iii. Use of baskets to determine a density figure applied with a measurement of the bunker.
iv. Crew member estimates
i) caution on estimating of catch in processed weight,
ii) caution on the possibility of misleading information,
iii) comparison of icer's figures to logbook's figures in relation to determining whether dressed or round weights recorded.
c) Species Composition Estimates:
i. Utilization of percentage estimate while catch is being dumped.
ii. An actual estimate of weight in codend when species are of small quantities during dumping of codend.
iii. An estimate based on how many baskets that species would fill, while being dumped, compared to what a basket of that species would weigh.
iv. Observation of the catch being processed know what percentage of catch has been processed and compare it to the percent estimate of species observed to have been processed and extrapolate back to total catch.
v. Observation of catch culled in factory.
d) Verification Techniques:
i. Bunker capacity density
ii. Crew member estimates
iii. Icer's figures/processed fish
e) Discard/Reduction Estimates:
i. Weighing of all fish
ii. Weight of fish/time period/processing time
F2.5 Conversion Factors
1) The definition of a conversion factor as associated with the fishing industry will be explained. The source of conversion factors to be used will be discussed.
2) Symbols such as pies will be applied using the percent (100%) concept in order that individuals may understand how a conversion factor is derived.
3) Given a known quantity that can be converted back to a whole (100%) by utilizing a conversion factor, what percentage would be nonutilized material.
4) The concept of the already compensated for material which was not utilized, being produced as a by product thereby not requiring conversion will be put forward. The pie concept will be used.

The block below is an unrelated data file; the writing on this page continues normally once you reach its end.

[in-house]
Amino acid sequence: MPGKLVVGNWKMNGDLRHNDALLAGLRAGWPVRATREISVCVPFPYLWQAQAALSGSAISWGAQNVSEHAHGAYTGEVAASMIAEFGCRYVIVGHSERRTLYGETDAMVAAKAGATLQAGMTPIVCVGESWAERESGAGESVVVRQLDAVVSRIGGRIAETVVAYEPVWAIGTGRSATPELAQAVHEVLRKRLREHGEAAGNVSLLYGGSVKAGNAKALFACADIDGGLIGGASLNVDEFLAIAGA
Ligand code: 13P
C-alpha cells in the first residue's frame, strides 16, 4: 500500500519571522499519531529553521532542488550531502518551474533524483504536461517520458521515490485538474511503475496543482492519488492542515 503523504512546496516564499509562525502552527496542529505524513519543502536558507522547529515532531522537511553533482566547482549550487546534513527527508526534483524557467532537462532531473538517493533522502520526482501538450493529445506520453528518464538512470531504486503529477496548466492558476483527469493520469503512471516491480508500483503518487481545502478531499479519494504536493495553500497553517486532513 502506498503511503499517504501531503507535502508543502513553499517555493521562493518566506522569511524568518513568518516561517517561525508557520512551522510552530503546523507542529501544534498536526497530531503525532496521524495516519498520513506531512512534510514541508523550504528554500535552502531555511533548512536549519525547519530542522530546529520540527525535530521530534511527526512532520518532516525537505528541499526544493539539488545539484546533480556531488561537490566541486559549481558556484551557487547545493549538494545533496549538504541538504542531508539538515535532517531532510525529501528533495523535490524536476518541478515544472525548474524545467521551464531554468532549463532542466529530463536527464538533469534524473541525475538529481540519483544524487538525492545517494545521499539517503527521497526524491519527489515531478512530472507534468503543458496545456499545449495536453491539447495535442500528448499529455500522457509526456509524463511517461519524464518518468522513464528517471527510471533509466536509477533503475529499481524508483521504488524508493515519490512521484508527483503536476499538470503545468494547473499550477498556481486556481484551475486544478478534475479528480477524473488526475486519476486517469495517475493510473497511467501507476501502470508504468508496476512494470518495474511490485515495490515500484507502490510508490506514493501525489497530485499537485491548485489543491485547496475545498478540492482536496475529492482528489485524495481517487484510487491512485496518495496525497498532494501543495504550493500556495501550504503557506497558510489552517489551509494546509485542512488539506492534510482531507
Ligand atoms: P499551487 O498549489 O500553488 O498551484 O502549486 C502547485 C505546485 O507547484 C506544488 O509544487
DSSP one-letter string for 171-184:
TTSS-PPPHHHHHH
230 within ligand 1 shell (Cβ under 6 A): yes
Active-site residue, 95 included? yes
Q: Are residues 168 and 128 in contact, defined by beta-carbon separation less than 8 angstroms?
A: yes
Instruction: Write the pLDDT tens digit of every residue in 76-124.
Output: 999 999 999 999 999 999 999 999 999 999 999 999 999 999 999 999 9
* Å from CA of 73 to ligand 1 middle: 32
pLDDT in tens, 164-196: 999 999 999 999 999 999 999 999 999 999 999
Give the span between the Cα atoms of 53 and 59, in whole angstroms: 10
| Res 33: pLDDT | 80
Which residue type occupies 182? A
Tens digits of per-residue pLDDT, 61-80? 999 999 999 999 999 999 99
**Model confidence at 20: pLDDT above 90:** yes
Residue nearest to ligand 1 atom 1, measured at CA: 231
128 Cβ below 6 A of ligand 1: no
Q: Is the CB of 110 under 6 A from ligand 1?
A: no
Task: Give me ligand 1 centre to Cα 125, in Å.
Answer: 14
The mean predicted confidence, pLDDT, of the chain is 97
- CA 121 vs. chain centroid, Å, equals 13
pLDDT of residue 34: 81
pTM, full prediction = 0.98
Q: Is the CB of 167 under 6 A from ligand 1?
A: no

5) Finally this will all be drawn together by substituting the pie for a fish undergoing processing.
F2.6 Gear Type
This training is focused on the identification of various fishing gear, their component parts and how to measure the parts to ensure compliance with fisheries laws, if there are such, pertaining to mesh size.
1) A brief discussion on the importance of being able to identify gear types and component parts to ensure compliance with the authority in the fishing licence.
2) Examples of component parts of trawls will be shown by utilizing diagrams and a model with a brief explanation of the purpose of each component given. Modifications will also be discussed at this time.
3) Diagrams of various gear types will be shown highlighting the differences between gear types. Distinctions will be discussed.
4) Utilizing a diagram and a model, indicate what measurements are necessary to ensure the fishing gear is measured in a fashion acceptable to the courts of the land.
F2.7 Introduction to Navigation
Part of every observer's training is to know where the vessel is fishing. This mini-session on navigation will assist the observer in this regard.
1) Latitude and longitude will be explained as to the orientation on a chart. The component parts will be shown: degrees, minutes and seconds, explaining the significance.
2) Basic plotting of a position will be shown with each individual having to plot several positions.
3) Distance travelled between points in relation to speed and time will be discussed.
F2.8 Biological Sampling Methods
This would be a lecture on biological sampling methods highlighting proper sample collection.
a) Random samples
b) Stratified samples
c) Combined samples
d) Processed samples
e) Discard samples
f) Reduction samples
F2.9 Species Identification
Every observer needs to know the identity of the species which are being fished in the country's waters. There needs to be at least one session to ensure the observers are competent at species identification.
F2.10 Sampling Techniques and Requirements
Where it is decided that observers will also be utilized to take biological samples for the resource assessment activities of the stock assessment personnel, the individual will need to be trained in various sampling techniques and standards in accordance with acceptable scientific procedures. Some of these are noted here for reference.
1) The actual types of samples taken in relation to their importance in the overall sampling scheme of the State will be noted.
a) directed species
b) bycatch species
f) specific requirements
2) Numbers of individuals comprising a sample will be addressed.
3) Sample selection will be reiterated.
4) Length frequencies will be discussed with demonstrations.